Man pleads guilty to publishing name of woman at centre of Belfast rape trial

Fine of £300 imposed for breaching lifetime ban on reporting identity of complainant

A man has pleaded guilty to publishing the name of a woman at the centre of a rape trial involving two rugby stars.

Sean McFarland was fined £300 after being convicted of breaching a lifetime ban on reporting the identity of the complainant in the case against former Ireland and Ulster players Paddy Jackson and Stuart Olding.

He is the first person in Northern Ireland to be prosecuted for the offence.

Mr Jackson (26) and Mr Olding (25) were both unanimously cleared of raping the woman following a high-profile trial earlier this year.

Amid unprecedented public interest, concerns over social media commentary persisted throughout the 42-day criminal proceedings in Belfast.

The complainant is entitled to anonymity for the rest of her life.

McFarland (36) of Rinnalea Gardens in the west of the city, was charged with publishing her name on a date between February 7th-9th this year, in contravention of the Sexual Offences (Amendment) Act 1992.

He had been expected to contest the allegation, with a date for his trial due to be fixed at Belfast Magistrates’ Court.

But, instead, the Courts Service confirmed McFarland entered a guilty plea during today's hearing.

On that basis the £300 fine was imposed, plus a £15 offender levy.

Following the outcome Marianne O’Kane, head of the North’s Public Prosecution Service’s Serious Crime Unit, urged social media users to avoid public commentary on any live court proceedings.

“Complainants of rape and other sexual offences are automatically guaranteed anonymity for life, except in very limited circumstances,” she said.

“The public, in particular users of social media, need to be acutely aware of the importance of that right.”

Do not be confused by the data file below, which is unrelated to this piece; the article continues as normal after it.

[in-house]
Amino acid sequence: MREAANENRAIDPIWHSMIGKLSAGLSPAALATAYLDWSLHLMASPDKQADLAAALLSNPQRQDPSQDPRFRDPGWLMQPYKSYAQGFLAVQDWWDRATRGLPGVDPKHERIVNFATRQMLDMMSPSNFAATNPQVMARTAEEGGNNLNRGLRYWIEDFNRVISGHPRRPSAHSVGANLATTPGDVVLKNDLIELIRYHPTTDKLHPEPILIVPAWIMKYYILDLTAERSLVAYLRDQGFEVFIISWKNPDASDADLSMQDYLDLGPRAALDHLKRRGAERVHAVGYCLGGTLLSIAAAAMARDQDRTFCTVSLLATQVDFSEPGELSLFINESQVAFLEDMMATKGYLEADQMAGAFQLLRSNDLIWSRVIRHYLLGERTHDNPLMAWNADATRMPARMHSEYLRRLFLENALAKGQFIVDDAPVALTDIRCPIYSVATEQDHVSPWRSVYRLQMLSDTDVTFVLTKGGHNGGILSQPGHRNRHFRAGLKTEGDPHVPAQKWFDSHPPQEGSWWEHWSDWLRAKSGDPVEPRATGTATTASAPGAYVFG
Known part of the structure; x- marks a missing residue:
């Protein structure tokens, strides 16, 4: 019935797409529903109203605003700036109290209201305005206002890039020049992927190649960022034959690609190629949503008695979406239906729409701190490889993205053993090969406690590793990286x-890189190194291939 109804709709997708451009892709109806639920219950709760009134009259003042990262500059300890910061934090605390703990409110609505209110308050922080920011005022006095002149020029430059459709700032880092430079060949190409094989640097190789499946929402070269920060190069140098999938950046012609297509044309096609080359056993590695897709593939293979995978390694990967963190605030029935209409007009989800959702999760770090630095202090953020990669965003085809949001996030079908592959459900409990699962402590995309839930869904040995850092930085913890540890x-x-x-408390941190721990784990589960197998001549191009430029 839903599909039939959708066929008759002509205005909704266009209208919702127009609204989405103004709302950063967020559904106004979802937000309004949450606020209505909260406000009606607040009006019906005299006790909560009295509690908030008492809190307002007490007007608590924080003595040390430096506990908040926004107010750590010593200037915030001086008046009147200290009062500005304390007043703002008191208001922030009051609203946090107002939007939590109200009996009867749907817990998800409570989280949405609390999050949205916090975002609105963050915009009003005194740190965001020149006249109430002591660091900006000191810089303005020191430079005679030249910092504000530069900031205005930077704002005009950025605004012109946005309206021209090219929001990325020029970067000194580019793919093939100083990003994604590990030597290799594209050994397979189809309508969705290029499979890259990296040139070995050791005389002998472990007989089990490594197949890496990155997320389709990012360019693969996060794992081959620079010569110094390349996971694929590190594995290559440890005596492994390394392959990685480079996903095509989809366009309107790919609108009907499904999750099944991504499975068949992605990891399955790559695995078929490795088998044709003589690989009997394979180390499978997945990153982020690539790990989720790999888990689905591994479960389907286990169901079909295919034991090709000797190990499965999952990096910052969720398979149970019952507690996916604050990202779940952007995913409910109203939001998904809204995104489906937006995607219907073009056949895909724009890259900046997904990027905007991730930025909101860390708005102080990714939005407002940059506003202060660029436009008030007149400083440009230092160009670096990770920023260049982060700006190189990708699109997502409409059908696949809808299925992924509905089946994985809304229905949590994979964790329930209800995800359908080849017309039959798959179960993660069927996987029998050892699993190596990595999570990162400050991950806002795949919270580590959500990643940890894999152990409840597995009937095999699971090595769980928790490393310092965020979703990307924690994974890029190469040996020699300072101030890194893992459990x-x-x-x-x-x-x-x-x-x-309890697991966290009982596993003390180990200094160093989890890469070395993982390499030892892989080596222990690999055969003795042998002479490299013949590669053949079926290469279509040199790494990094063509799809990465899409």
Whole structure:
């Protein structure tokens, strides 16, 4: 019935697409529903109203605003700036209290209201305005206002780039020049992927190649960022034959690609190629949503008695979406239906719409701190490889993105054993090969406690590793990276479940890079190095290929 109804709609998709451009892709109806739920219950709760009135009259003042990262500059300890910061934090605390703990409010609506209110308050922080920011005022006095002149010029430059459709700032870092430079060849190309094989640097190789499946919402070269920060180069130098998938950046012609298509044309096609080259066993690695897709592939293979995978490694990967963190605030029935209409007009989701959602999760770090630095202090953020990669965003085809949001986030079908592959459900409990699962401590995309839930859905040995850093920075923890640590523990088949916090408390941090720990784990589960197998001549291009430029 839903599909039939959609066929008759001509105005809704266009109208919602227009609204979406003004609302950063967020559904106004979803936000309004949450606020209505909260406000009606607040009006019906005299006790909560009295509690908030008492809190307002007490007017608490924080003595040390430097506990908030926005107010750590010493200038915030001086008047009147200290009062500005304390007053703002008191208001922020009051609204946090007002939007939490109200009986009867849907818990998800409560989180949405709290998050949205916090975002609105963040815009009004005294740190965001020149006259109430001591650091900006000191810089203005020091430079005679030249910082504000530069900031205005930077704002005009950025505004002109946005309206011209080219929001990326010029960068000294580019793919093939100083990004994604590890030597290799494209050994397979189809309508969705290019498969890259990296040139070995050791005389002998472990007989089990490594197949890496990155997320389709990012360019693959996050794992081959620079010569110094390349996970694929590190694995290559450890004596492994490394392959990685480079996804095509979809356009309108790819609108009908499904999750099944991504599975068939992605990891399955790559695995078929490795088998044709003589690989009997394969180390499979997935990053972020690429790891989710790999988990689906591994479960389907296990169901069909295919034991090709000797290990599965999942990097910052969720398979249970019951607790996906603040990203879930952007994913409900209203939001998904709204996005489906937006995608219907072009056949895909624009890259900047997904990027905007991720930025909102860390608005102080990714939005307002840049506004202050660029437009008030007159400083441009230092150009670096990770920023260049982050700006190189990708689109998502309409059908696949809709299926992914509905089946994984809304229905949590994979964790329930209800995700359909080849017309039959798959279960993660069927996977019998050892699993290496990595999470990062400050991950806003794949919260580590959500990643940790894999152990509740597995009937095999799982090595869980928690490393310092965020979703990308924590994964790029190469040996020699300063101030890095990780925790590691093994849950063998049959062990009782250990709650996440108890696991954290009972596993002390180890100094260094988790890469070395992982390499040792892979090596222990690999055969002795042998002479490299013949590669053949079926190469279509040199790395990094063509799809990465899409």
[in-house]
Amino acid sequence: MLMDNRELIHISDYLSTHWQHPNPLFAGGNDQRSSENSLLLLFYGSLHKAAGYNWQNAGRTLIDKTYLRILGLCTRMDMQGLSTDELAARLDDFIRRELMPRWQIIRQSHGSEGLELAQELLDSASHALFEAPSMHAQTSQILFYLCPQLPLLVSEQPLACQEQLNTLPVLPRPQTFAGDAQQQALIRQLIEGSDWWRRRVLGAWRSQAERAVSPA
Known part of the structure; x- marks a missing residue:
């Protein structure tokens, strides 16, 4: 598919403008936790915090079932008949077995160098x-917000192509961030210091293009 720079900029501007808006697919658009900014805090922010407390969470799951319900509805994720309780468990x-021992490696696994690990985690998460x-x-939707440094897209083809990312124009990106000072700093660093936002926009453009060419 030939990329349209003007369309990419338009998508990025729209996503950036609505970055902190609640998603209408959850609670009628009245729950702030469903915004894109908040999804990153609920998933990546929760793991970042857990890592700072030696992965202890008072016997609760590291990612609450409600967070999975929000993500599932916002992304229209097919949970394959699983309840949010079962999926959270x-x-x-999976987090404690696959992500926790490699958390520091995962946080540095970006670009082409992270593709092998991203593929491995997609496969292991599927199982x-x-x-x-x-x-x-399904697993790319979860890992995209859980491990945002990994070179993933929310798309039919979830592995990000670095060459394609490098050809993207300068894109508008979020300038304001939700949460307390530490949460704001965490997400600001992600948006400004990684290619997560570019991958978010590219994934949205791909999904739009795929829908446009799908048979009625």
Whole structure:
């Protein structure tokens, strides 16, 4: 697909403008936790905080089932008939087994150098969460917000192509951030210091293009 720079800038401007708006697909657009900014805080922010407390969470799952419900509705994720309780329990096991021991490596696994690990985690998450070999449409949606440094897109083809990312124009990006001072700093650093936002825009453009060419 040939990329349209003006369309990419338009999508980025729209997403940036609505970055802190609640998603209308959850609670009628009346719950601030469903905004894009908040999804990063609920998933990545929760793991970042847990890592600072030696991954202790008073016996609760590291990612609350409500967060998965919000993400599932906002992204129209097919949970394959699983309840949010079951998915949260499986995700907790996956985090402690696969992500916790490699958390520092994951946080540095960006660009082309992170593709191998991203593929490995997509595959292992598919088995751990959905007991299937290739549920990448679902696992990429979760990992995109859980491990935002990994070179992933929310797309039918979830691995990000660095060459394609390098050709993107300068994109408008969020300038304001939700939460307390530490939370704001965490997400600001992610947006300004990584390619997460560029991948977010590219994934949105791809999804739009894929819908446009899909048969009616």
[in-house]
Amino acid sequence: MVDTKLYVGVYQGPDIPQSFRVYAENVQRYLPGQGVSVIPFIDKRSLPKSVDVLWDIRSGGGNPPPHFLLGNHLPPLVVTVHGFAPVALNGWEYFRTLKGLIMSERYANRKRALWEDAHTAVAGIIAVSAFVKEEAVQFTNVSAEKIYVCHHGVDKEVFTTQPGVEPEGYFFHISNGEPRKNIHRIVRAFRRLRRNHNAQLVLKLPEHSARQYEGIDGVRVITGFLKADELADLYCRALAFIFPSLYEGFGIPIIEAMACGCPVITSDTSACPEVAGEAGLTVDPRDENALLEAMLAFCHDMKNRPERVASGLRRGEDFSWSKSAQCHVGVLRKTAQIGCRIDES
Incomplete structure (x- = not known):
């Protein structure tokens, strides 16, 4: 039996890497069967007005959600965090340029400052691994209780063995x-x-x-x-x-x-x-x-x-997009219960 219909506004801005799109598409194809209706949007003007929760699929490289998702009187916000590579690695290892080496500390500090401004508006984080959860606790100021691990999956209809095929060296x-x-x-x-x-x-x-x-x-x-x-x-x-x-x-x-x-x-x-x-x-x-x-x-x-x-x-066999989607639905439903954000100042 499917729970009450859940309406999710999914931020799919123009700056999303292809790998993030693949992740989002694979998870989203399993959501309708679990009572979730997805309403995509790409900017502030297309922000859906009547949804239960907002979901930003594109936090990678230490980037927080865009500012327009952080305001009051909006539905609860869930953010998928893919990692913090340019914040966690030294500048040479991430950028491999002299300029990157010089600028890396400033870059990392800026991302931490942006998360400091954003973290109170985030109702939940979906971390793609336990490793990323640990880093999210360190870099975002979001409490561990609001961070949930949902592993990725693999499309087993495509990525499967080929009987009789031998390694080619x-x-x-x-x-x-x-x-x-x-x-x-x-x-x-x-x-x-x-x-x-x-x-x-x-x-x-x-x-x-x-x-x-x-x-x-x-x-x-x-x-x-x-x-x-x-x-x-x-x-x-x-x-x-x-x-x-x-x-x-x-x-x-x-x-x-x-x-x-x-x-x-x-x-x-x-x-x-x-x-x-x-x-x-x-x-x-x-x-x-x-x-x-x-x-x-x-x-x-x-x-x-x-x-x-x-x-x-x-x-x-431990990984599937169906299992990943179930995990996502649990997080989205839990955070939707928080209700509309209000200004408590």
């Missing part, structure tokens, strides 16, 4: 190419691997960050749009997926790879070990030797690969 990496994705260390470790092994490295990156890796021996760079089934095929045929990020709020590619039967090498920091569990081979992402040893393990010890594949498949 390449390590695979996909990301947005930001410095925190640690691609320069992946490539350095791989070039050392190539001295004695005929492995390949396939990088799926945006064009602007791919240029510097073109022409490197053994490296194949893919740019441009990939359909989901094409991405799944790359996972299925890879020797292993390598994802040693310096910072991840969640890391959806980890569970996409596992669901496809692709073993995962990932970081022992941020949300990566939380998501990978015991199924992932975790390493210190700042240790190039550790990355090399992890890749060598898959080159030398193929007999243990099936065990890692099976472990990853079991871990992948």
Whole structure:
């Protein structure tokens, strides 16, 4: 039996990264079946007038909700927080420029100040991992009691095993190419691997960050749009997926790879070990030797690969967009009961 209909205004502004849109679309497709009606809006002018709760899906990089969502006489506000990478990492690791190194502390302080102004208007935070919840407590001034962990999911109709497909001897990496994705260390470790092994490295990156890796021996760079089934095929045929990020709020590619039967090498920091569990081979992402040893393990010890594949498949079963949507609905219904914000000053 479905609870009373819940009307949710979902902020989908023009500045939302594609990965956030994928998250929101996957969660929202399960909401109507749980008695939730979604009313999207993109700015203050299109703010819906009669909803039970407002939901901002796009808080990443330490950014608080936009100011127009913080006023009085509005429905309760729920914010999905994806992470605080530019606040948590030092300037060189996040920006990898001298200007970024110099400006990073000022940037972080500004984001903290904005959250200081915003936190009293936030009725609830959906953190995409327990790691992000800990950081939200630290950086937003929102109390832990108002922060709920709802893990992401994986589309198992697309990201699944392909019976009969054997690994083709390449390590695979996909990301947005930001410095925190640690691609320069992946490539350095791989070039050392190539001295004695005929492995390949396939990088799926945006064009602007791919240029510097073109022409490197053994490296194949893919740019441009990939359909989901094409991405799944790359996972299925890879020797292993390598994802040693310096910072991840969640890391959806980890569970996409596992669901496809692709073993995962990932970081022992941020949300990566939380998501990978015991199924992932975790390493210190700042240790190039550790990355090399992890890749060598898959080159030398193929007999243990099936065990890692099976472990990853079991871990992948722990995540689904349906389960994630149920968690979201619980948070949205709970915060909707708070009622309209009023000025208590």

Ms O’Kane added: “This case underlines that it is a criminal offence to publish the name, address or image of any complainant of a serious sexual offence if it is likely to lead to the complainant’s identification - and we will prosecute for such an offence where the test for prosecution is met.

“We would also ask the public to take extreme care when publishing any type of commentary on any live court proceedings, given the potential risk of prejudice to a fair trial.”

Mr Jackson and Mr Olding were unanimously acquitted of raping the then 19-year-old woman at a party in Mr Jackson’s house following a night out in Belfast in June 2016.

Blane McIlroy (26) was unanimously cleared of a charge of exposure, while Rory Harrison (25) was unanimously found not guilty of perverting the course of justice and withholding information at the same trial.

Separately, in a PSNI statement released after the hearing, Detective Chief Inspector Zoe McKee from the North’s Public Protection Branch said: “We welcome the conviction of Sean McFarland today after he pleaded guilty to one charge of breaching the lifetime ban on reporting the identity of a complainant in a rape trial which took place in Belfast earlier this year.

“This is the first time that anyone in Northern Ireland had been prosecuted for breaching this right to anonymity and should act as a deterrent to anyone who names a complainant in any serious sexual offence, who are entitled to lifelong anonymity.

“The Police Service of Northern Ireland is fully committed to investigating offences of this nature.

“We understand how difficult it can be for anyone to report a rape. I would encourage anyone who has been the victim of any sexual crime either recently or in the past to contact police or to speak to someone about what has happened.”